Webster’s Faculty Research Grant program is designed to encourage and promote faculty research and professional development through a variety of possible discipline-related projects.
Applications for Faculty Research Grants are currently being accepted. Status or status-track faculty are encouraged to review the Call for Applications and submit their project proposals by Monday, Nov. 11.
Although not required, some of this year’s Faculty Research Grant recipients have chosen projects with a decidedly international perspective.
Sexual Orientation and International Human Rights Law
Danielle MacCartney, assistant professor of sociology and associate dean in the College of Arts & Sciences, credits Webster’s global reach as an influence on the scope of her research. MacCartney has long been interested in public policy as it relates to sexual orientation. Encouraged by colleagues Lindsey Kingston and Amanda Rosen, she applied for a Faculty Research Grant to “take it to an international level” and formulated a plan to study sexual orientation and international human rights law.
This past summer, MacCartney traveled to Brussels, Belgium, where she met with representatives of ILGA (International Lesbian, Gay, Bisexual, Trans and Intersex Association). As a result of her collaboration with ILGA, she was able to contribute to the ILGA’s annual State-Sponsored Homophobia Report.
“It’s a report about laws and policies for gay, lesbian, bisexual, intersex and transgender folk in various countries around the world. And that report is published and then disseminated through the United Nations,” said MacCartney. “Because of this grant, I had an opportunity to write a piece for that [report] explaining a little bit about U.S. constitutional law.”
Her experience has opened the door to further collaboration, as well. “They have invited me to come back and collaborate with them again on another project that has to do with a comparison of legal systems between the U.S. and other countries and how they approach the legal position of gays and lesbians in society,” she said. “This was a really good fit for what I’ve been working on for a while. The grant really allowed me to get much further into the international side of law and public policy. It’s exciting work for me.”
Freelance Foreign Reporting in the Digital Age
Eileen Solomon teaches undergraduate journalism courses and has been with Webster since 1994. Her expertise is in broadcast journalism, but she says that the field has changed in recent years so that journalism students today need to be familiar with and able to utilize a variety of media. “Students should be platform agnostic,” she says.
“It seems that you have to be able to do everything in the journalism field today. Even if you work for a newspaper, you’re shooting video. Even if you work for a television station, you’re writing for online. So we’re trying to make sure students have across-the-board skills because the divisions will continue to shift.”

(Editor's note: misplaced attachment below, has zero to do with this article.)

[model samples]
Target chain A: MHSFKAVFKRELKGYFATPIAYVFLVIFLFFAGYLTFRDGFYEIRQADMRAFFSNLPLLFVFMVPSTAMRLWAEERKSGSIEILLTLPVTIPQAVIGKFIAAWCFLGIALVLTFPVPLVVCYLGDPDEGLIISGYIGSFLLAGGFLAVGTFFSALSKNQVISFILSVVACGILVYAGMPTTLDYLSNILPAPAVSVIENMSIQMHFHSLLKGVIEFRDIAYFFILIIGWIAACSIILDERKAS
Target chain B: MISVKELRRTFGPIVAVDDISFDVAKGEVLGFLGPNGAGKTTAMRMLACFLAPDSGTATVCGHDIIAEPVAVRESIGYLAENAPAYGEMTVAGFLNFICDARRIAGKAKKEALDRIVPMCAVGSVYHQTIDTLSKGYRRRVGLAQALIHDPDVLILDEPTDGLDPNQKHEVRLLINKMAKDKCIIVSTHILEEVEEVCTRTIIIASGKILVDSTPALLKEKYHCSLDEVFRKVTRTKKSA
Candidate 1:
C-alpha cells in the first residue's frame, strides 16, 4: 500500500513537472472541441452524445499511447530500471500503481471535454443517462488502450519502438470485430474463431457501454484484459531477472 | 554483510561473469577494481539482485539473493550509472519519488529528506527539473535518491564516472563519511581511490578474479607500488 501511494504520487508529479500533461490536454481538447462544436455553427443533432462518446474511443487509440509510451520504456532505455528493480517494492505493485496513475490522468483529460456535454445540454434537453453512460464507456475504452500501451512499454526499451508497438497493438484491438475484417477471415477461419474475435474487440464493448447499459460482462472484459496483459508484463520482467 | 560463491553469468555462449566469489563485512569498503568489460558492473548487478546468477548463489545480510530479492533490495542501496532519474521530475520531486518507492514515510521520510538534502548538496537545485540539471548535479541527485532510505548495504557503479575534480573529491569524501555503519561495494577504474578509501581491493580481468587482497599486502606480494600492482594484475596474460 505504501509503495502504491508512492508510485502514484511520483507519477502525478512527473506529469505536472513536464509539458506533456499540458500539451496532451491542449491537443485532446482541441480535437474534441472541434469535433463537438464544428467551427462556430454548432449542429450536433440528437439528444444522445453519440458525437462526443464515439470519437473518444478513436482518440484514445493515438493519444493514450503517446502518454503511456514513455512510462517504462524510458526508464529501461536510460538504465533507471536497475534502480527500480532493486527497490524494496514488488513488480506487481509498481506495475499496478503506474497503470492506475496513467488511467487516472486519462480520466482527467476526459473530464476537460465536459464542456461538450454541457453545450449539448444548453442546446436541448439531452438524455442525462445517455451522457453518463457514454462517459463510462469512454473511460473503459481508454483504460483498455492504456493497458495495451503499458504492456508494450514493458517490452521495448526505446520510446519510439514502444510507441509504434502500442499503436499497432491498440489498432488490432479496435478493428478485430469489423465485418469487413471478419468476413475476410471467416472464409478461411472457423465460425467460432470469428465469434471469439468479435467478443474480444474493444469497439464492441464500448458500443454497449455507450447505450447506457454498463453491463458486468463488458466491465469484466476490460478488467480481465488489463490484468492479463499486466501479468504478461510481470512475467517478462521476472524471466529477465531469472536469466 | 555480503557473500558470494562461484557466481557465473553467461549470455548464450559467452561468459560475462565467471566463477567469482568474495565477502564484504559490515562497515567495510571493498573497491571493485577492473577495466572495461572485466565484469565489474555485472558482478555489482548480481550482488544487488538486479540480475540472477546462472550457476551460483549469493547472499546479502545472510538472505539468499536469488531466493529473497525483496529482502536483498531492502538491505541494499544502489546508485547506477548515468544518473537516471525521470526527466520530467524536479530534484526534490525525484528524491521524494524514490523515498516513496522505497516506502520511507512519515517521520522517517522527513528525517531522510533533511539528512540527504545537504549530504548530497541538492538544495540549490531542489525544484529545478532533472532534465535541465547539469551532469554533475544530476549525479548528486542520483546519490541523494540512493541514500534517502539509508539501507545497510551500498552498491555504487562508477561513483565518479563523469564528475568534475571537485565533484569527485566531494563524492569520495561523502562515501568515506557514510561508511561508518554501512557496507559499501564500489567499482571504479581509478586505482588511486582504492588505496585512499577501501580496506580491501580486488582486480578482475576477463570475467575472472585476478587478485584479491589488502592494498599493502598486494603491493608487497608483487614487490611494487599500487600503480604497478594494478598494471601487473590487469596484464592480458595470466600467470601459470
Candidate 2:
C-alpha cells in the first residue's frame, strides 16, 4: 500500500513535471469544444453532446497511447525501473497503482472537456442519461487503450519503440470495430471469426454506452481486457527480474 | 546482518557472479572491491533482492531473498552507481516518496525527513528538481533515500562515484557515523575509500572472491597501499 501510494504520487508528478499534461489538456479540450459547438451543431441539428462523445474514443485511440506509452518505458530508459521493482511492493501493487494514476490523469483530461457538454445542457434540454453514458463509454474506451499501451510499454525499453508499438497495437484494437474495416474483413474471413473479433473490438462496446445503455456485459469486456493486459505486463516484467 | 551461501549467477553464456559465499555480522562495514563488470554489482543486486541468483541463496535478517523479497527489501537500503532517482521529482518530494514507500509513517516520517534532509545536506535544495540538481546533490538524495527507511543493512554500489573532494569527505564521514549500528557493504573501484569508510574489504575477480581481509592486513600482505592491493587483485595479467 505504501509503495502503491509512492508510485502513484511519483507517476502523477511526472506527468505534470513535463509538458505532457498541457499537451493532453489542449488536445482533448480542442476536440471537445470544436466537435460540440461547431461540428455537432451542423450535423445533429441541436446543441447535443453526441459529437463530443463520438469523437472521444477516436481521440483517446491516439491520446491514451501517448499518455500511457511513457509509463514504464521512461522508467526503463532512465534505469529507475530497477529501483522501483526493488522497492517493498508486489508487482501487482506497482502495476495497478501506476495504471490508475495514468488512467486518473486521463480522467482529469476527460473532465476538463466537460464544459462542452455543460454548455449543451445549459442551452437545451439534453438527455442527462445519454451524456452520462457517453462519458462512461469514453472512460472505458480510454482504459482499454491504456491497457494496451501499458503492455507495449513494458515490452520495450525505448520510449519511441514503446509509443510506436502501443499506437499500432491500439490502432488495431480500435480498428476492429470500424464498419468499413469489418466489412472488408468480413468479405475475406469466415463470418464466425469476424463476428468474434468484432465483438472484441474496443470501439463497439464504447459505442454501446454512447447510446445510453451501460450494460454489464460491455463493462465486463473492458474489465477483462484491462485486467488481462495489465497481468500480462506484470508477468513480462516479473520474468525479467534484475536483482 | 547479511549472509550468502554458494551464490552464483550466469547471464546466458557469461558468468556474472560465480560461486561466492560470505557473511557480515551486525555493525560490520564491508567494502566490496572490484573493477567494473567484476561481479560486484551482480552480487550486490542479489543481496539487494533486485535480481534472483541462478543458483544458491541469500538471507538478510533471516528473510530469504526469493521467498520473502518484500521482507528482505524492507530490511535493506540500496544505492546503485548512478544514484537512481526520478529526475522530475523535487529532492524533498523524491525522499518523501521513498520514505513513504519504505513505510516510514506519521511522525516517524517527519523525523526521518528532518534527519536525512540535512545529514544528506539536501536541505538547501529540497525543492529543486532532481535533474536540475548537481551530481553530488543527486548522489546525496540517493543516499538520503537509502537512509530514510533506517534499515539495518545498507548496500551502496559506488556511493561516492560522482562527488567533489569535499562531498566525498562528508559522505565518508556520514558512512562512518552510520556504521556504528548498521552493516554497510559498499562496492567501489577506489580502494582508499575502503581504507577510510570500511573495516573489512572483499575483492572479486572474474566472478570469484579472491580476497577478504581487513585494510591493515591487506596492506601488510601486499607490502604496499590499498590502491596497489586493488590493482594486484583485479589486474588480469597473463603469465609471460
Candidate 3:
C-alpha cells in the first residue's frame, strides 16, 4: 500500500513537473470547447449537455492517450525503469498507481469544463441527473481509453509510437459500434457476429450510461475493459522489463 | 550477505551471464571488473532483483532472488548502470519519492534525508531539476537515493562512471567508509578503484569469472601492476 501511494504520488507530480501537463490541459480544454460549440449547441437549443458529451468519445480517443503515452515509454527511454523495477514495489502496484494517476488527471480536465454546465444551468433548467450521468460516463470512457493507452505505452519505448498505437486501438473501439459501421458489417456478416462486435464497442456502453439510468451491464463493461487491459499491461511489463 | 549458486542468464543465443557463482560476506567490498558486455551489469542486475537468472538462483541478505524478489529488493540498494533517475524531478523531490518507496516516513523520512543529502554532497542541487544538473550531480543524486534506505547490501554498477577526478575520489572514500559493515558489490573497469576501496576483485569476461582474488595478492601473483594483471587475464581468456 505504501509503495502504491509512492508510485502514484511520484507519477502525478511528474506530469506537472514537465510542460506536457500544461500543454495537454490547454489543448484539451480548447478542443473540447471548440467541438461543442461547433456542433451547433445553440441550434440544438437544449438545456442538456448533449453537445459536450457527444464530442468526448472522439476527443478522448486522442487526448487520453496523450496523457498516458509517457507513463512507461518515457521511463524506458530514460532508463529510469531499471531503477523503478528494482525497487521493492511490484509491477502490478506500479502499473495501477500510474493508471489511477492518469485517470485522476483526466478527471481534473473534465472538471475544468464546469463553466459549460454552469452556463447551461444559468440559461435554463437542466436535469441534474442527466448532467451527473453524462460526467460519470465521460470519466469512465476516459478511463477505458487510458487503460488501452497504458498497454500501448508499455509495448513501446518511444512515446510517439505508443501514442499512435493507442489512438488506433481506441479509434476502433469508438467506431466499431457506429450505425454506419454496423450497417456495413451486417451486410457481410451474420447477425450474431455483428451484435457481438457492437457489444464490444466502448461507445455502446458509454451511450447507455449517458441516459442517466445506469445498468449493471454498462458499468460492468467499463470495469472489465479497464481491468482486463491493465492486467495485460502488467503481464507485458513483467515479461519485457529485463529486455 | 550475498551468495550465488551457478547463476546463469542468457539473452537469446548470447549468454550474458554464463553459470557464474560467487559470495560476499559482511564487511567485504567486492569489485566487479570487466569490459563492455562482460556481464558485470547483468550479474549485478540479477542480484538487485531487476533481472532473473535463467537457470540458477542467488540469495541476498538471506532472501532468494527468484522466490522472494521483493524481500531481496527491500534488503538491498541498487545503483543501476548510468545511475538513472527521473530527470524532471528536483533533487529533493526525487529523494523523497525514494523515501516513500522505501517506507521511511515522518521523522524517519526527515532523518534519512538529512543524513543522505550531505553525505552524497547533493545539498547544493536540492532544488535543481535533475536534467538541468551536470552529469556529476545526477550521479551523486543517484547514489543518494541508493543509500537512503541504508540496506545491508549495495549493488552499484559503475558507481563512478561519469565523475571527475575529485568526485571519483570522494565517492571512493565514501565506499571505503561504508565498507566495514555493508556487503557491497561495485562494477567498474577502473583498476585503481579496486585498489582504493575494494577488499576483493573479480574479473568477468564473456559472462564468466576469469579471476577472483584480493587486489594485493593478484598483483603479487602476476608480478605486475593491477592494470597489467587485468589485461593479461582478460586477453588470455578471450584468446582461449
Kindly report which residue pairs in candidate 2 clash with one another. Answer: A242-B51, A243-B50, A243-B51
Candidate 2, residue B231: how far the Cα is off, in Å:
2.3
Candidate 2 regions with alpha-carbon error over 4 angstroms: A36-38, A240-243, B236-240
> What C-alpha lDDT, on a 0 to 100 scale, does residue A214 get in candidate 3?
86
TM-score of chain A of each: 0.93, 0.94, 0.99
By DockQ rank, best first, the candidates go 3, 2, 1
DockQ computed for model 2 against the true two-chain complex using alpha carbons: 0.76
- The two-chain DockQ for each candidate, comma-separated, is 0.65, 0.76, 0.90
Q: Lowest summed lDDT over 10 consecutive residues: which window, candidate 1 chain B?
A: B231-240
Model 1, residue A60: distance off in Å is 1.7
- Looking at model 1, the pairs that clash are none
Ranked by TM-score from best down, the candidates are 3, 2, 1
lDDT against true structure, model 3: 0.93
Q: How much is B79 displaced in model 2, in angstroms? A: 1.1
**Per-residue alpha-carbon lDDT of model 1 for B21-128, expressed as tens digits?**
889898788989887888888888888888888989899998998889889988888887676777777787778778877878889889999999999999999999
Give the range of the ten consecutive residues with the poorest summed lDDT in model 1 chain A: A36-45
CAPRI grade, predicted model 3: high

One of those shifts is the increase in freelancers in the journalism field. “As many as 19 percent of reporters, analysts, and correspondents are freelancers or ‘stringers,’” said Solomon. “I thought it would be interesting to look at what freelancers were doing. What skills do you have to have to be a successful freelancer?”
Solomon’s research plan is to examine freelance foreign reporting in the digital age. She plans to spend a few weeks in Istanbul, Turkey, in the spring where she expects to interview several freelance journalists and to discover what skills these journalists use to do their reporting.
“Istanbul is a center for freelance journalists. It’s a city that is in two continents—Asia and Europe. Africa is close by. There’s a vibrant freelance community in Istanbul.”
The Effect of Currency Fluctuations on Latin American Multinational Firms
Arnoldo Rodriguez has taught international accounting at Webster for the past five years. He was encouraged early on by his department chair and the Dean’s office to take advantage of the Faculty Research Grant opportunity. This year, he is researching two-way currency fluctuations and their effect on certain Latin American multinational firms.
Latin American businesses have for many years worked with one-way currency fluctuation, Rodriguez said. “The currency fluctuation was always that the dollar was revaluating and their currencies were devaluating. So it was fairly easy for a company to establish how much [they would] have to pay in terms of local currency.”
However, in the last 10 years, that has changed, said Rodriguez, because of economic problems in the U.S., and Latin American companies are doing better. “Instead of the dollar becoming more valuable, it becomes less valuable,” he explained. “The problem is that these firms were not used to that. The system didn’t have all the agents that were necessary to hedge against that kind of risk.”
Rodriguez is studying how these firms are reacting to this new reality. He has interviewed companies in Peru and Costa Rica so far and hopes to also visit firms in Chile and Colombia. As part of the study, he is examining changes in the economic systems of those countries relating to the shift in currency fluctuations, as well as public records that may show the effect of on individual corporations. Once his research is complete, his findings will be presented in a number of business conferences and peer-reviewed journals.